Posted by: Maria at December 6, 2005 05:28 PM Permalink

Any insightful comments on this?

Posted by: David Boxenhorn at December 8, 2005 11:28 AM Permalink

Yes, David, one comment. The rabbi phrased his comment very wisely.

Posted by: Torbjörn Karfunkel at December 10, 2005 12:03 PM Permalink

Hi Maria! This is JUST the post I needed to read now!

First of all, it's the first time I hear someone saying she doesn't like Christmas. I only get Christmas through the Web, mostly Webshots and people's emails, and I am certainly tired of it. Lately I began thinking that I must be overreacting, but if someone who grew up in a Christian society is not excited, than I guess I'm pretty normal.

Now that doesn't mean that I don't understand Shlomi's curiosity. On the contrary, part of my increasing boredom comes from the fact that Christians never bother to explain the meaning of their traditions, and so all I see are external things which, in themselves, aren't exciting. There are also, of course, many ways of celebrating Christmas around the world, and I am totally unfamilar with the Icelandic way.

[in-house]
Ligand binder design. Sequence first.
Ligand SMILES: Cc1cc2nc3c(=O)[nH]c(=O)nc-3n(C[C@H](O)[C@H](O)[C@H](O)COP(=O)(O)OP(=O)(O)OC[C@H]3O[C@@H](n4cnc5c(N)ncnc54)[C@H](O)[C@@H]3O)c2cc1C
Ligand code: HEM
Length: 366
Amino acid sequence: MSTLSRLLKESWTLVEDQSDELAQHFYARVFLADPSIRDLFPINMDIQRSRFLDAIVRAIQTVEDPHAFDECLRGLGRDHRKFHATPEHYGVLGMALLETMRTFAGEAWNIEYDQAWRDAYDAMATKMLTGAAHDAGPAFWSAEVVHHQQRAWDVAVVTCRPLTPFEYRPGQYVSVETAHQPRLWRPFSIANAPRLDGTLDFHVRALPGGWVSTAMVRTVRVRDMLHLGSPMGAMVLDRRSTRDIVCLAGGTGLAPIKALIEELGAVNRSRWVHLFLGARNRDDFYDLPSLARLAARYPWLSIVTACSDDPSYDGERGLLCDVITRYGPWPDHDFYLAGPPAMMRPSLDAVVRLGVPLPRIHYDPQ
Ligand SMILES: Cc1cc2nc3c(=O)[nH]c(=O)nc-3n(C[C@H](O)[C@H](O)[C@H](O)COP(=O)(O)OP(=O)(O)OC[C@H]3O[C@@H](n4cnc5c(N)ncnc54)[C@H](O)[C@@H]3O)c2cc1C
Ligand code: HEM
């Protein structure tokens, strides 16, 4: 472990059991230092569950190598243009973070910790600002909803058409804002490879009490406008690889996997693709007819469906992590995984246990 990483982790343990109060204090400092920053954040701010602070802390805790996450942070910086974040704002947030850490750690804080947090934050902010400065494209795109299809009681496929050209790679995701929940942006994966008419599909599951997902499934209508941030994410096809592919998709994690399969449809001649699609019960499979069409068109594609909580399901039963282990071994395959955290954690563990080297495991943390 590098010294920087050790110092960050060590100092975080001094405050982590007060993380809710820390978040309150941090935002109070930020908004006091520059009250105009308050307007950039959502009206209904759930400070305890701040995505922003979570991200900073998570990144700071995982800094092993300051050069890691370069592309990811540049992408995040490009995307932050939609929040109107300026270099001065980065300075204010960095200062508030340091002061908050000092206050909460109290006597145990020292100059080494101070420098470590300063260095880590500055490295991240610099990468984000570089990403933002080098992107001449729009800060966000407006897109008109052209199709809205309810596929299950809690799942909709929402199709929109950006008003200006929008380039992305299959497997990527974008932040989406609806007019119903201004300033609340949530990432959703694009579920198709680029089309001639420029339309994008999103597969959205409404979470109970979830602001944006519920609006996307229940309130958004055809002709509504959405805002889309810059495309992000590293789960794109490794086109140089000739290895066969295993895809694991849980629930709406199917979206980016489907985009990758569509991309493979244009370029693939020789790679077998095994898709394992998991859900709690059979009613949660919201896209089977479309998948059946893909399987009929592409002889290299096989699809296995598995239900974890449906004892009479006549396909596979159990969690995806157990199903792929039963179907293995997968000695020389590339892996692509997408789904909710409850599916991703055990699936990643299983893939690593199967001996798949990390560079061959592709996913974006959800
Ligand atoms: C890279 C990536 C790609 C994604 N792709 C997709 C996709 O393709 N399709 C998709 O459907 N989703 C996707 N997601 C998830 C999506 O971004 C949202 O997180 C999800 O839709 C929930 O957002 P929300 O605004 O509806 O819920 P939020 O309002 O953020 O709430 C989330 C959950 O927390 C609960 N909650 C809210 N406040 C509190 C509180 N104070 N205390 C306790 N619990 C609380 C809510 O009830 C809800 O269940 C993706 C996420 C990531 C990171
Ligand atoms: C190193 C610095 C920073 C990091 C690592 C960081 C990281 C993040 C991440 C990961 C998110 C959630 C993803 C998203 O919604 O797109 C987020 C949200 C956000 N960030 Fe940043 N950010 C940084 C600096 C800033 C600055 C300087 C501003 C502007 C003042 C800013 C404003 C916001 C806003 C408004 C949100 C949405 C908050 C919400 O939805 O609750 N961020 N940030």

This story about the Jew Day is really remarkable. I haven't heard of anything similar. Actually, what I find MOST irritating about the "Holiday Season" is that some Christians (obviously, not of the type who know something about Christianity) tend to think that Jewish and other non-Christian holidays are merely versions of Christian ones. I'm happy to read that this is not the case in Scandinavia. And I'm happy that you finally enjoy Christmas!

Posted by: Orly at December 11, 2005 01:31 PM Permalink